I have always been afraid. The reason may have varied, but by and large I’ve bee afraid because I am constantly scanning my environment for potential threats to my person or my delicate emotional state. I’m so highly sensitive, so effected by changes in my environment, that even the slightest shift in the direction of the wind makes me perk up with anxiety. I am always wondering, waiting in that liminal space between hearing first one shoe to fall to the floor and anticipating the other. The state of suspension is fraught with the possibility of disaster. When will it be? When is the other shoe going to drop and blow up my whole world?
I’ve always been this way. I have always been waiting for the next blow the land. I try to go through the motions of daily life on guard, protecting my vulnerabilities, just in case the strike should come from someplace unforeseen. Predictability is my shield and my routine is a weapon. So long as everything stays the same, precisely the same as it has always been, I will be okay. Nothing can hurt me so long as I stay quiet and still.
This stagnation is the root cause of my stunted growth. Not much progress can be made if you’re withdrawn and protective. Instinct drives me to reach out and touch the world around me. Desire for the new, the innovative, the unexplored drives me. Fear holds me back. It’s all irrational fear, to be certain, but it’s overwhelmingly powerful. My mind repeats insistently, “If we go outside, we’ll get hurt.” If I deviate from my well-trodden path, even a little bit, I’m opening the door to disaster.
Recently, though, I invited disaster in.
I can’t say what made me do it. Perhaps it was just a change in the wind. Maybe I fooled myself into thinking that it wouldn’t be that great a leap. Either way, as soon as I gathered the courage to I step off my beaten track, I ran like the hounds of hell were at my heels.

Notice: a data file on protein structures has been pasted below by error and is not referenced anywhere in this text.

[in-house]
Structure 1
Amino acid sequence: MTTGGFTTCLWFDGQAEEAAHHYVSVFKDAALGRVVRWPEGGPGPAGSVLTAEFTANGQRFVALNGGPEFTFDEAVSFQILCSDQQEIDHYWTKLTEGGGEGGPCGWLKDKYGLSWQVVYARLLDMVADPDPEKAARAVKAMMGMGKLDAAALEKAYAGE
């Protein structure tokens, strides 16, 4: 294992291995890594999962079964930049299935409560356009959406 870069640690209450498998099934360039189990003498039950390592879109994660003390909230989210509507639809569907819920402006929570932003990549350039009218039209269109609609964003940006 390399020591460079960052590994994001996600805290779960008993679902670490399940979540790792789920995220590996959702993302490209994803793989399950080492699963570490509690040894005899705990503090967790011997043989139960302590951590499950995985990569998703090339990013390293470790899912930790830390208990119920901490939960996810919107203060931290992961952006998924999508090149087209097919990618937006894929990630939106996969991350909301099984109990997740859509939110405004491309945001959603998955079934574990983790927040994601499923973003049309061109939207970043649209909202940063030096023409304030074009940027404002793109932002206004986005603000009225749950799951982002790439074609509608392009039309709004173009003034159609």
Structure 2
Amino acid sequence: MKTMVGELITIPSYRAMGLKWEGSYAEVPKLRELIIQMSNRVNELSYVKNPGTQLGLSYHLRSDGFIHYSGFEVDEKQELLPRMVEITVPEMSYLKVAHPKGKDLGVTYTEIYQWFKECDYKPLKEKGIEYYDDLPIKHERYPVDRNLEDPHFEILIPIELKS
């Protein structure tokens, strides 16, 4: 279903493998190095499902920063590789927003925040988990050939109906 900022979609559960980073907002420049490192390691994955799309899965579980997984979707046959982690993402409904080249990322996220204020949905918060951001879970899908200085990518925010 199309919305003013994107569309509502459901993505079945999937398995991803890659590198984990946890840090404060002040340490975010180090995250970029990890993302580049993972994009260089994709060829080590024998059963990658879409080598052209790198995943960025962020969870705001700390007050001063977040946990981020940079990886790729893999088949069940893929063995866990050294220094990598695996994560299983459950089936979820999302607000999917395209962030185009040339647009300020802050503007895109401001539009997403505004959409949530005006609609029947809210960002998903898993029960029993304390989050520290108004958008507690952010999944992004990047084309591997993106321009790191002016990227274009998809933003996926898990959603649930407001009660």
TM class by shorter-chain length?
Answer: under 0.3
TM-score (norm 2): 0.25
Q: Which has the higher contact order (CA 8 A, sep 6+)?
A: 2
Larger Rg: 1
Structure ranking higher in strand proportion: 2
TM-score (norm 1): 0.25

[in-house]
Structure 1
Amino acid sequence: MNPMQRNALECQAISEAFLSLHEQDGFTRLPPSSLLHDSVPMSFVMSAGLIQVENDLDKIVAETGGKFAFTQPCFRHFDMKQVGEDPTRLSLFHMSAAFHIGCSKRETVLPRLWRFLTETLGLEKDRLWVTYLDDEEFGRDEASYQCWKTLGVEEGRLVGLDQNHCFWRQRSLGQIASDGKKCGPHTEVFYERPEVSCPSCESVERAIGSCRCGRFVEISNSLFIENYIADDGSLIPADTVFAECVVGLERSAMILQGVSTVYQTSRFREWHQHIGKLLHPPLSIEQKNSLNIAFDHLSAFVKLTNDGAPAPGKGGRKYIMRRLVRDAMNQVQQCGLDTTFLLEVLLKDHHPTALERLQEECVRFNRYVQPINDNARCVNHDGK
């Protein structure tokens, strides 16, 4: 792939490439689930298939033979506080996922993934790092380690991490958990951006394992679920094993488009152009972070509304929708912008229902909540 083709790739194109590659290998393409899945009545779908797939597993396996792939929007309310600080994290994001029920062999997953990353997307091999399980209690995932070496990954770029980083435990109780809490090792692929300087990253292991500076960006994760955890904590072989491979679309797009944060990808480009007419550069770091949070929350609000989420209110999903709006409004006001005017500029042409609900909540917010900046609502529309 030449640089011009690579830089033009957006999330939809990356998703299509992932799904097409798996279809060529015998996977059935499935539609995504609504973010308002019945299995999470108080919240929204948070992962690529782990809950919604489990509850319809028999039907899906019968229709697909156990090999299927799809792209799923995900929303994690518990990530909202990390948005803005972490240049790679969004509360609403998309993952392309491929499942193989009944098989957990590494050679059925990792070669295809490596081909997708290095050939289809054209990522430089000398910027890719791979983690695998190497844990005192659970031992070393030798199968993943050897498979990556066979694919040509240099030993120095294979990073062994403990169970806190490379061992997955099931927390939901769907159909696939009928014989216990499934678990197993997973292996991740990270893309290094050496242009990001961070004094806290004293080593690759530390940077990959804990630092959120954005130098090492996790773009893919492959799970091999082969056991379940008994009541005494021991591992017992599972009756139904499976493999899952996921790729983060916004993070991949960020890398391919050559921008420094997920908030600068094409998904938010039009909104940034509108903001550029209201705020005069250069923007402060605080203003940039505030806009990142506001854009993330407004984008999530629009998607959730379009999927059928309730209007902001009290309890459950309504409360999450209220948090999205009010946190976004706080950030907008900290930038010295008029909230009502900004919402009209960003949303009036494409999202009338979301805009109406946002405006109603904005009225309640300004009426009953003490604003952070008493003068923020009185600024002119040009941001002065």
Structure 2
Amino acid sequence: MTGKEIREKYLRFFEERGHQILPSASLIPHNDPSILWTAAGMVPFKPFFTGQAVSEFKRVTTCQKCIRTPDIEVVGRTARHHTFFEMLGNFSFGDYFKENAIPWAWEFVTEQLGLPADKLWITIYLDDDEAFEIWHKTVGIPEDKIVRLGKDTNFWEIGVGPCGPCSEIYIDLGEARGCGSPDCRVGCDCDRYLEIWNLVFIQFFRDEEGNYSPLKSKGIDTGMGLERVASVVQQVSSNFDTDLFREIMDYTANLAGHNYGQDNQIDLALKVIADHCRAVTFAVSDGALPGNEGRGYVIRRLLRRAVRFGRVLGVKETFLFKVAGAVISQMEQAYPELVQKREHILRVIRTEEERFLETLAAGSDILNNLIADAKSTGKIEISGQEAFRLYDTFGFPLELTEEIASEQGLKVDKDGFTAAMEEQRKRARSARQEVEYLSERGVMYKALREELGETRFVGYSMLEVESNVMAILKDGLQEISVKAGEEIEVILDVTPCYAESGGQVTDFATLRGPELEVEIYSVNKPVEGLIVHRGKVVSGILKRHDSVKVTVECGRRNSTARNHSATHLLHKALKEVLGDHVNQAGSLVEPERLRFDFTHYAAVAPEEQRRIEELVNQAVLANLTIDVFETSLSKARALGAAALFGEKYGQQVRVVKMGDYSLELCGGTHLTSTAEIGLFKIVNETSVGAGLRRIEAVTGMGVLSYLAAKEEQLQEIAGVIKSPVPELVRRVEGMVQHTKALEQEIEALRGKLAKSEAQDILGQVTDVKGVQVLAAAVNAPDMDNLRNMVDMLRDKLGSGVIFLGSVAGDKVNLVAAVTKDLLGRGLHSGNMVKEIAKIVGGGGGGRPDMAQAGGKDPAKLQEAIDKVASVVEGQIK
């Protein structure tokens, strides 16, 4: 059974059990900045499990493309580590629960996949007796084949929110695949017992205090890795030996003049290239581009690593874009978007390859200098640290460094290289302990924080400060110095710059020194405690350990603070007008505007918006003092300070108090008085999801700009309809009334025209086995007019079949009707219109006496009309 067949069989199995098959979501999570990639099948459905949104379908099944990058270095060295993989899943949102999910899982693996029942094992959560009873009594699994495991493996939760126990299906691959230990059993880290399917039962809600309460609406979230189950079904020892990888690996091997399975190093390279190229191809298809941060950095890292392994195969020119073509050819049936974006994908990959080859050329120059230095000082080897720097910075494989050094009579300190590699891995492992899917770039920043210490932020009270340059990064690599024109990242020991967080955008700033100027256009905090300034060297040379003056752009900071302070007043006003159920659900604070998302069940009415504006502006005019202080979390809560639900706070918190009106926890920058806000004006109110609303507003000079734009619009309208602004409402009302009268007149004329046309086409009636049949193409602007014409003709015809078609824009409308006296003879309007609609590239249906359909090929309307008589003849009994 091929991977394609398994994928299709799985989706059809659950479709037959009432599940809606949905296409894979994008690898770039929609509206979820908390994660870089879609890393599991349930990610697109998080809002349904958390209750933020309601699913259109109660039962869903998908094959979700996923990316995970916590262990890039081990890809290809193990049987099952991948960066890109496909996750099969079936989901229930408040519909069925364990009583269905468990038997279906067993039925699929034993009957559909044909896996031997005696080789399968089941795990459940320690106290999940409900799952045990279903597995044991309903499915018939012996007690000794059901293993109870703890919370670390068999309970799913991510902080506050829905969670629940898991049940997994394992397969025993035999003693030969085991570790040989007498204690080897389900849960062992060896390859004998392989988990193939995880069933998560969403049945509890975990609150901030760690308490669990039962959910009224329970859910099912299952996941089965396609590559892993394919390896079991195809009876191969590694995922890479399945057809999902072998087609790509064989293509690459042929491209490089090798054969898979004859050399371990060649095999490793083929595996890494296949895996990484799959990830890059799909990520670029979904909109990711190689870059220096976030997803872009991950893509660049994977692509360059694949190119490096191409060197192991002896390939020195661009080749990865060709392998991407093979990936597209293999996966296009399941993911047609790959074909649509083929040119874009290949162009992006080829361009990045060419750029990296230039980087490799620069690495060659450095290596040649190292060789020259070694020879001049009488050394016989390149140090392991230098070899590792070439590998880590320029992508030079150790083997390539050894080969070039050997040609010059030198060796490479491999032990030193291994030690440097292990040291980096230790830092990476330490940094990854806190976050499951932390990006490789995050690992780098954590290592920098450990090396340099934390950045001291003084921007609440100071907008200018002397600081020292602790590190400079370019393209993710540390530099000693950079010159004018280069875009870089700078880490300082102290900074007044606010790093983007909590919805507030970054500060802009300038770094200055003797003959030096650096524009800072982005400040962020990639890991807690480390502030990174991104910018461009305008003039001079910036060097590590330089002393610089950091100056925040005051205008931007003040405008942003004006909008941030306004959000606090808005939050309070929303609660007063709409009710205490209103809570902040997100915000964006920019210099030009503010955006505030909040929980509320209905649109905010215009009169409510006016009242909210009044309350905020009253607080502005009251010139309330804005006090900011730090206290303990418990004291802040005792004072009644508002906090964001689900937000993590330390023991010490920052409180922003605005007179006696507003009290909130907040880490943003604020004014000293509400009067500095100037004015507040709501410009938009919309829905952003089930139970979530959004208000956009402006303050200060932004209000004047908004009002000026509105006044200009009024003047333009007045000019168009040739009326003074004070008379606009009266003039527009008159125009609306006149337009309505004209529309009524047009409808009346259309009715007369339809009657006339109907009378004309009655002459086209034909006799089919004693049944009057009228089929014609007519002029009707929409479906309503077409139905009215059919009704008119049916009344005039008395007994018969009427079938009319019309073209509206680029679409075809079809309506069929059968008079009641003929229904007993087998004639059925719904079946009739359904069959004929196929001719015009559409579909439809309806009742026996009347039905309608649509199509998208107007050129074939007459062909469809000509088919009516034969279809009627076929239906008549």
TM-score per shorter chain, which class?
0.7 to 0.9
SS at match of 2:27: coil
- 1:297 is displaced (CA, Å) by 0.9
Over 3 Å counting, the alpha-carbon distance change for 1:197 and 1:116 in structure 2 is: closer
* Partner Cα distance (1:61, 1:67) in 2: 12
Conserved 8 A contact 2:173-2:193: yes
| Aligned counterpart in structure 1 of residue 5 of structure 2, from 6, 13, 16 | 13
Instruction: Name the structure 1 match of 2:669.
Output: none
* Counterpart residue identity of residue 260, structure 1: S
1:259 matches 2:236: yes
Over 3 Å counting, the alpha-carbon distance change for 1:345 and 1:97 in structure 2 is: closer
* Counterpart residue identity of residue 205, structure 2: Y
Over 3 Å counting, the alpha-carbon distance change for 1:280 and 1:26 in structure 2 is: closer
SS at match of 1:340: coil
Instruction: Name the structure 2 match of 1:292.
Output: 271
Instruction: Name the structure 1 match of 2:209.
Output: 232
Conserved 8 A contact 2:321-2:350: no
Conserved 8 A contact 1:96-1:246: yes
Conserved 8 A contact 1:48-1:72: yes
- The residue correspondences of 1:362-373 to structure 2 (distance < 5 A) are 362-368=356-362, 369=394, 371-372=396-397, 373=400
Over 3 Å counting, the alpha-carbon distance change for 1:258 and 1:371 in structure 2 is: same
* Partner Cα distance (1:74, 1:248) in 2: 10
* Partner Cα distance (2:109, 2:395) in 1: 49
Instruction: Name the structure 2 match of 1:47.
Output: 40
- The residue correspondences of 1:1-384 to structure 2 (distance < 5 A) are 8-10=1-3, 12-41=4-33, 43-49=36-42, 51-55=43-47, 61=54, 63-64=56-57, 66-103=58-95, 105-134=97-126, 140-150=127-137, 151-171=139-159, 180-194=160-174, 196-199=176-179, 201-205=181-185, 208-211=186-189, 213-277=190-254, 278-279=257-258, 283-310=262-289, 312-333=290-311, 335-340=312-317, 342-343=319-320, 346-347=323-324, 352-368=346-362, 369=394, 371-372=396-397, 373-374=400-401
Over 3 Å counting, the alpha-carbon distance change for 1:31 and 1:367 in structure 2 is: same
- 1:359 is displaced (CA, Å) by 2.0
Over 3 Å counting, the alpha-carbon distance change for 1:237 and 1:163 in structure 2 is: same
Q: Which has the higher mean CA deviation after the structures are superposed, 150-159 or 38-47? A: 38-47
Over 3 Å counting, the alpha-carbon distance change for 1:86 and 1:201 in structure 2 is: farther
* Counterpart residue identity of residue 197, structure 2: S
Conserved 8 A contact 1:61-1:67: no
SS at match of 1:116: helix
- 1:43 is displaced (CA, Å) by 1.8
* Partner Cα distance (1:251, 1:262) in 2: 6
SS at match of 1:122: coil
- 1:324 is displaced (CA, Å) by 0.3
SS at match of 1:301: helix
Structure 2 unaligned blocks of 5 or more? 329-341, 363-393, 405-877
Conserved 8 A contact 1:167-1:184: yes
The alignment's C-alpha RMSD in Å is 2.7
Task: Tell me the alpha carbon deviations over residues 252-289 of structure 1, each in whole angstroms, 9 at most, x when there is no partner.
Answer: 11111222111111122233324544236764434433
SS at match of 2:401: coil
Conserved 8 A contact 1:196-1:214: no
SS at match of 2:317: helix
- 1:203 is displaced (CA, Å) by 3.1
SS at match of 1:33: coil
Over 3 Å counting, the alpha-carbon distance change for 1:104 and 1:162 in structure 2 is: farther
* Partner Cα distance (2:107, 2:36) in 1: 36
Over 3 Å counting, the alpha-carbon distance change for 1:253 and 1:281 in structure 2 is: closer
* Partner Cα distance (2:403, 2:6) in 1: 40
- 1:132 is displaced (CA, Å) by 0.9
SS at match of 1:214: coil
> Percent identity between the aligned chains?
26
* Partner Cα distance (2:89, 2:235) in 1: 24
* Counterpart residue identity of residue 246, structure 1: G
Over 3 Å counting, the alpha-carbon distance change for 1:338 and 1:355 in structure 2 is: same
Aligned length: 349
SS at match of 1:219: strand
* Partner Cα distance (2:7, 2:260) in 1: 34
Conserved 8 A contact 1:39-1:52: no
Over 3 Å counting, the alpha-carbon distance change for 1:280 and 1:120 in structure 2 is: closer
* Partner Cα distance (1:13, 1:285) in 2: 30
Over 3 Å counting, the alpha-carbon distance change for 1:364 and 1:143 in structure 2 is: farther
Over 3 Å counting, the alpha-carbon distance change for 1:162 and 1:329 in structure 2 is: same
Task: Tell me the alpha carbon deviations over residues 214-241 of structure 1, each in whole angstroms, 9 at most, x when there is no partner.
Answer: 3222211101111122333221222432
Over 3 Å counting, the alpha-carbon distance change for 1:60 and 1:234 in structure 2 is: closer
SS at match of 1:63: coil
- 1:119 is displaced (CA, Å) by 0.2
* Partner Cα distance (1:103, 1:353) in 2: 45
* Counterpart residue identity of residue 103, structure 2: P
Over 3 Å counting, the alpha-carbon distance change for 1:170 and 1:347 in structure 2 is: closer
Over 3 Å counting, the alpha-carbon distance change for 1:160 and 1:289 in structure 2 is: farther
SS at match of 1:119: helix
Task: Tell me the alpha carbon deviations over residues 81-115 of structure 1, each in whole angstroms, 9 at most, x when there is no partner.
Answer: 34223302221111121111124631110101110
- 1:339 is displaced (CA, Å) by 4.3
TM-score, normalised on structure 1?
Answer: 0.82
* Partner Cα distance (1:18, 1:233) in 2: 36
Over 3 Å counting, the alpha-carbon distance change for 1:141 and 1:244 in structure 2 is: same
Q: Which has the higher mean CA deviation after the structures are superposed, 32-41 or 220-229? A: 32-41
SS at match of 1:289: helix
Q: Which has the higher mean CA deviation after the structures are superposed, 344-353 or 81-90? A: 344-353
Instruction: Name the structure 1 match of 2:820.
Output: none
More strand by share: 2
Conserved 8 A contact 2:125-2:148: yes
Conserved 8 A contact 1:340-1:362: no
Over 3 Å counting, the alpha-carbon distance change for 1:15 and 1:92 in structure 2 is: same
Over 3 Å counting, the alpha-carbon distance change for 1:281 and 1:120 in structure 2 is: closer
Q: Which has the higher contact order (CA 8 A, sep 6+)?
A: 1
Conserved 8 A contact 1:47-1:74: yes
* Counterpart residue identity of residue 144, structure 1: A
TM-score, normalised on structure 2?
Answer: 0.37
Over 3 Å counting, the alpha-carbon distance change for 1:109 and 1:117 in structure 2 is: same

I burned some bridges along the way. It had to be done, so no unfriendly horde could chase me down and lock me in again. I untethered myself from those people and things that have fed on my fear and incited it. Their fury is great, but my drive is greater. I can see — clearly, blessedly, finally — the path that leads to the next step. I can see my best life waiting for me at the end of that path, and the road is clear. It took one bold leap to remove me from the quagmire of doubt and onto a path of certainty. And all it took to leap was one simple command, spoken by my heart to my nervous soul: press go. And so I went.
Listen, I don’t know a lot about radio shows, or how they are produced, or what goes into making one, or how hosts are (or aren’t) held accountable for what is said on air, so all of this is just my own opinion, said for my benefit (otherwise, I’ll just be bottled up and pissy all day, and that is not a pretty picture) and hopefully for your entertainment (my friends tell me I’m funny – I’m certain they’re just being nice). If anything that follows pisses you off, go write your own blog.
That being said, I think that before an individual of a certain authority (and let’s face it, even radio hosts have some sway) deigns to present something to the general public as a bonafide – or even as a supposed – fact, there ought to be a little thought, a little research, or hell, failing any of that, a little bit of human compassion to deployed to modulate it. Call me a softy, but I don’t think you should just get up there on your soapbox and start barking at passer-by, preaching as if it were the Gospel, oblivious (or uncaring) of who you might injure with your message.
So, I hop into the car at seven this morning and I don’t quite catch the beginning of what they’re talking about, but I quickly get the gist: the iPhone 6 has just been officially announced and people are all in a tizzy. Hudson and Scotty B are actually discussing people’s tendency to go so over-the-top-apeshit over these new devices that they will willingly drive themselves into debt in order to possess one, and how ridiculous the “buy-more-get-more” mentality has become in our culture. I’m nodding along as I drive, because I agree – I don’t really see the point in having the new “IT” device as soon as it is debuted. Truth be known, I swore off the iPhone for years and years thinking it an over-priced, over-blown piece of fluff technology. Now that I finally have one, I like it quite a lot, though I expect that I’m going to keep it for at least another five years, considering how much I paid for it.
That aside, the more the radio hosts talked, it came around to the subject of welfare or food stamp abuse – they started to discuss those folks who show up to the welfare office in a Mercedes or whom you see in the line at the grocery store using food stamps, dressed to the nines, hair done, nails manicured, with the newest iPhone or Android device, and how it just ain’t right that these people, who are living on tax payer dollars mind you, possess any kind of luxury. They even had a caller, formerly from Virginia, whose wife had worked in a state office passing out the checks – and don’t know it? She saw at least ten or fifteen of these blatant welfare abusers everyday!